London - The pressure on London bankers to get to grips with the
global financial crisis has led to stress, depression and insomnia
among City workers, affecting even the most experienced bosses.
The phenomenon was brought to light when the chief
executive of Lloyds Banking Group, Antonio Horta-Osario, announced that
he was stepping down from his post until the end of the year for
Reports claimed the Portuguese-born director, who earns
a basic annual salary of more than £1 million ($1.6 million, 1.2
million euros), was suffering from fatigue after just six months at the
helm of the bailed-out bank.
The shock announcement came as the financial sector
grappled with the latest developments in the eurozone debt crisis,
stirring anxiety among investors and sending shares in the banking giant
Horta-Osario highlighted a worrying trend among
bankers, said Dr Michael Sinclair, clinical director of City Psychology
Group, which treats patients from offices in the City and Canary Wharf,
London's second business centre.
"There's definitely an increase in (patients)
presenting to us with stress-related conditions, a whole host of anxiety
disorder and depression," Sinclair told AFP.
Sinclair blames the current economic turmoil for the
growth in cases of stress-related illness, which can cause a range of
physical symptoms including headaches, back pain, heart conditions and
"Since the recession, things have changed," said Cary
Cooper, a professor of psychology and health at Lancaster University in
In the wake of the global economic crisis, many
companies were forced to shed employees and increase workloads for their
current workers, which has driven up stress levels, Cooper said.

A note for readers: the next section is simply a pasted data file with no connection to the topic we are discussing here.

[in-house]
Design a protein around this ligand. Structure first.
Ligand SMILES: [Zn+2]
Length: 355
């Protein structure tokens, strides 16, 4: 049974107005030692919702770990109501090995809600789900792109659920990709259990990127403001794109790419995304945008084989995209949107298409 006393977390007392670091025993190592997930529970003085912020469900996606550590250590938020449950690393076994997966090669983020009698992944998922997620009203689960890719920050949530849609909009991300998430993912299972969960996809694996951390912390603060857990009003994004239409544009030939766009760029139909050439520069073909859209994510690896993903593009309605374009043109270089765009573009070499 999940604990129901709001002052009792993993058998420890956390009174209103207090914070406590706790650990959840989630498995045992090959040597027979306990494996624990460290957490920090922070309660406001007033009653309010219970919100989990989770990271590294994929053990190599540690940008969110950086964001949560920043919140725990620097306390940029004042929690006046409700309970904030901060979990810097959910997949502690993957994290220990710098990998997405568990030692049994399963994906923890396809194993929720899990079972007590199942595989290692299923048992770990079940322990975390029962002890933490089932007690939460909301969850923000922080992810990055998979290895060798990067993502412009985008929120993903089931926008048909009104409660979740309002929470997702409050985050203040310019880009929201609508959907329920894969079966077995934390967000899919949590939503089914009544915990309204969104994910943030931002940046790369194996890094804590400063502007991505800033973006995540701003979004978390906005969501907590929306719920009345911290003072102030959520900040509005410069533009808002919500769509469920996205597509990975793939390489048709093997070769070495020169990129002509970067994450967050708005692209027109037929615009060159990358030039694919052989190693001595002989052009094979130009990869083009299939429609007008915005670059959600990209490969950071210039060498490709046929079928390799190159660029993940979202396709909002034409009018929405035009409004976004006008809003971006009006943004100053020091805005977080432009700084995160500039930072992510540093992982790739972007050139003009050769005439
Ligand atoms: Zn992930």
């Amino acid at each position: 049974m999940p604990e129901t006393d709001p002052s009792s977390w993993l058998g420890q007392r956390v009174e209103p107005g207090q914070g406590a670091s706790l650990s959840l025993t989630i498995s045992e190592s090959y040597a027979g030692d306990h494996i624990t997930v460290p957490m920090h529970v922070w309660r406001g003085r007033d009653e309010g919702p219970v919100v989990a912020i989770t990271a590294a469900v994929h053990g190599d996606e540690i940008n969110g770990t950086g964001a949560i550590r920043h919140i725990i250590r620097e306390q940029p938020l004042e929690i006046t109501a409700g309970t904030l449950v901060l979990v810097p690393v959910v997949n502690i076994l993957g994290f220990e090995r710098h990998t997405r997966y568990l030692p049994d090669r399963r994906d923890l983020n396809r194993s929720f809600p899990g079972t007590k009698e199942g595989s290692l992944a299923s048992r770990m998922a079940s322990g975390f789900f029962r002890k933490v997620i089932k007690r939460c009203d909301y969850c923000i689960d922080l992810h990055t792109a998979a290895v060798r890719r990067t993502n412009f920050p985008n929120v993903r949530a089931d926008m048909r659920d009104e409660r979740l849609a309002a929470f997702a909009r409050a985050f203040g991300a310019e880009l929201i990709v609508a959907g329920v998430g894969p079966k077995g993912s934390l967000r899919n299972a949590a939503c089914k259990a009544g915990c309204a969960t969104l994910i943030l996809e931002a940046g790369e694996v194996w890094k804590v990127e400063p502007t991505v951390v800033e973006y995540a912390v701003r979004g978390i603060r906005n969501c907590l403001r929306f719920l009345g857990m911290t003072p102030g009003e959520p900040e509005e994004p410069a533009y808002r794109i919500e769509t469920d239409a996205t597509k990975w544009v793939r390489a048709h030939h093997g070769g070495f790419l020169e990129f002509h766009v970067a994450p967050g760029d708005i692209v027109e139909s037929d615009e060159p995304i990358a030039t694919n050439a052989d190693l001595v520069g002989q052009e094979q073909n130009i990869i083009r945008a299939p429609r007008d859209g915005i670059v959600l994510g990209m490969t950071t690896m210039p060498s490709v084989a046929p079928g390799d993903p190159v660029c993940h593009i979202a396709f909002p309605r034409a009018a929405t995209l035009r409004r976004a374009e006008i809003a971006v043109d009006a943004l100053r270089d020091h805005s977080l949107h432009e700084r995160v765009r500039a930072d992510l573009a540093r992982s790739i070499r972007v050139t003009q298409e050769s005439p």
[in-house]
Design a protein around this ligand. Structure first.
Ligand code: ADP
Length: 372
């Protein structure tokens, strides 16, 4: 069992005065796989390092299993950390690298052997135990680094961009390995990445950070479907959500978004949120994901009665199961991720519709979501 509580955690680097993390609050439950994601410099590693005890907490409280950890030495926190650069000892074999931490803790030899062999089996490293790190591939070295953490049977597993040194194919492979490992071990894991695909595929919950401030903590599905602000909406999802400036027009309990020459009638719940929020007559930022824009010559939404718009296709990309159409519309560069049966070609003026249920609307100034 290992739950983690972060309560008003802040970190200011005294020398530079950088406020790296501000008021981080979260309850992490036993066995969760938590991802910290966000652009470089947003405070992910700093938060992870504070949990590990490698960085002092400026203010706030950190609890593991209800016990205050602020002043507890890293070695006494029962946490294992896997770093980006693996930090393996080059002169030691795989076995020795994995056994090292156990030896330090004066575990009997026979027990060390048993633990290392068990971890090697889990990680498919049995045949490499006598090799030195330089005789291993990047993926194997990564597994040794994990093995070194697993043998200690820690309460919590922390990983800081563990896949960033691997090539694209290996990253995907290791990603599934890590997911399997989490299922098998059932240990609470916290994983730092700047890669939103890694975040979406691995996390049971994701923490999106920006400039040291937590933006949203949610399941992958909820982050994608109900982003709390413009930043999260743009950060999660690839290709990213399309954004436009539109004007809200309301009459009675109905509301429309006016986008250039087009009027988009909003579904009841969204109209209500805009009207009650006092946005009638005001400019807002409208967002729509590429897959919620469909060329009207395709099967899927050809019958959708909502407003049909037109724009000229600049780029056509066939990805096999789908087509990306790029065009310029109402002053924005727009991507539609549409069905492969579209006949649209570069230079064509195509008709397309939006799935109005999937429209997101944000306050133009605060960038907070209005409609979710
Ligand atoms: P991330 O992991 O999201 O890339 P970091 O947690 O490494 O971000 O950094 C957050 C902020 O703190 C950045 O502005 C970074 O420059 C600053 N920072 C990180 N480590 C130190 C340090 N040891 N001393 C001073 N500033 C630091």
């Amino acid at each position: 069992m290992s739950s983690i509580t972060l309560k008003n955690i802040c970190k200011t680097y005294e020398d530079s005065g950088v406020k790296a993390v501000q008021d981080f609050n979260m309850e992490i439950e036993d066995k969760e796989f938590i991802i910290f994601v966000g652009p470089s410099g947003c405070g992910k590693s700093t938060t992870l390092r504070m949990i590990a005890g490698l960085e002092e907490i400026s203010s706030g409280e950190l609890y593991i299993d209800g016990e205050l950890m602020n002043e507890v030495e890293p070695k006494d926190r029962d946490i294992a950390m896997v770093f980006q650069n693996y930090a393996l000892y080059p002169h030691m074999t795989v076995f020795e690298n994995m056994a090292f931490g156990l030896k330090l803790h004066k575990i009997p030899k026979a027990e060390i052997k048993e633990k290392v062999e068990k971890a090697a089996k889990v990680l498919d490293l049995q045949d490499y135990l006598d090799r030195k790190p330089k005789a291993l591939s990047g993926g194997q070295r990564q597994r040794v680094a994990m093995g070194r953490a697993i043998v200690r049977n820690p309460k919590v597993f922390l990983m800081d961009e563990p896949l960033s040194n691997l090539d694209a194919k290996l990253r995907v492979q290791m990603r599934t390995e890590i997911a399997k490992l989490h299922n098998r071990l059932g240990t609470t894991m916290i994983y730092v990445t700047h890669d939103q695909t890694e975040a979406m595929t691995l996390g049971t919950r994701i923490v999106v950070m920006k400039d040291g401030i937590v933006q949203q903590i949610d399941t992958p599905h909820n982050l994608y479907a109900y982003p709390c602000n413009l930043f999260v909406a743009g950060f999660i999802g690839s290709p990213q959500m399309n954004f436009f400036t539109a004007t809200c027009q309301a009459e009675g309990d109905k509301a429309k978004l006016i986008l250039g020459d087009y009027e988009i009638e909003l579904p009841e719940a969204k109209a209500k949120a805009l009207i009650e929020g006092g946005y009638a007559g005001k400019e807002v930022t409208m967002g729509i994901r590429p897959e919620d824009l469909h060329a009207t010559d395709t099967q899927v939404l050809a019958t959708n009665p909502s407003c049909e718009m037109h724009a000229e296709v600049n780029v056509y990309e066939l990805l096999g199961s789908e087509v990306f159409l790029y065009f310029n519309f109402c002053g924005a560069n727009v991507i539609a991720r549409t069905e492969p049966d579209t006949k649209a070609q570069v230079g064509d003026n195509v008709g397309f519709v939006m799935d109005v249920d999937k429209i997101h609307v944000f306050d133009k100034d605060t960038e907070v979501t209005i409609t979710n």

As the eurozone crisis deepens, Cooper said job
insecurity is a further source of worry for workers, many of whom
remember the traumatic scenes of September 2008 when London employees at
failed US bank Lehman Brothers lost their jobs overnight.
A recent study by research institute the Centre for
Economics and Business Research (CEBR) has added to financial workers'
CEBR estimates that more jobs in the financial sector
will be slashed this year, bringing the number of employees in the
industry back down to 1998 levels.
In this high-pressure environment, Cooper suggests
there is a 'survival of the fittest' mentality, with bankers, brokers
and other management staff likely to try desperately to hide any stress
symptoms from their employers.
"The majority of people working the financial sector
would not admit to not coping because it could mean they are highly
vulnerable to job loss," Cooper said.
Bankers are unlikely to turn to outsiders for help for
their "businessman blues" because of public animosity towards their
profession, Cooper added.
Recent reports of hefty bonus payments for staff at
banks that were rescued from collapse by state bailouts has done little
to improve their reputation in the eyes of the general public.
"The public perception of them and the media's attack
on them has made their job more stressful," Cooper said, adding that
many even lie about their job when asked.
According to Sinclair, the British public's lack of
compassion for bankers has forced many to turn to drugs and alcohol in a
bid to relieve the stress.
"It's a vicious circle that makes the problems worse in the end," he said.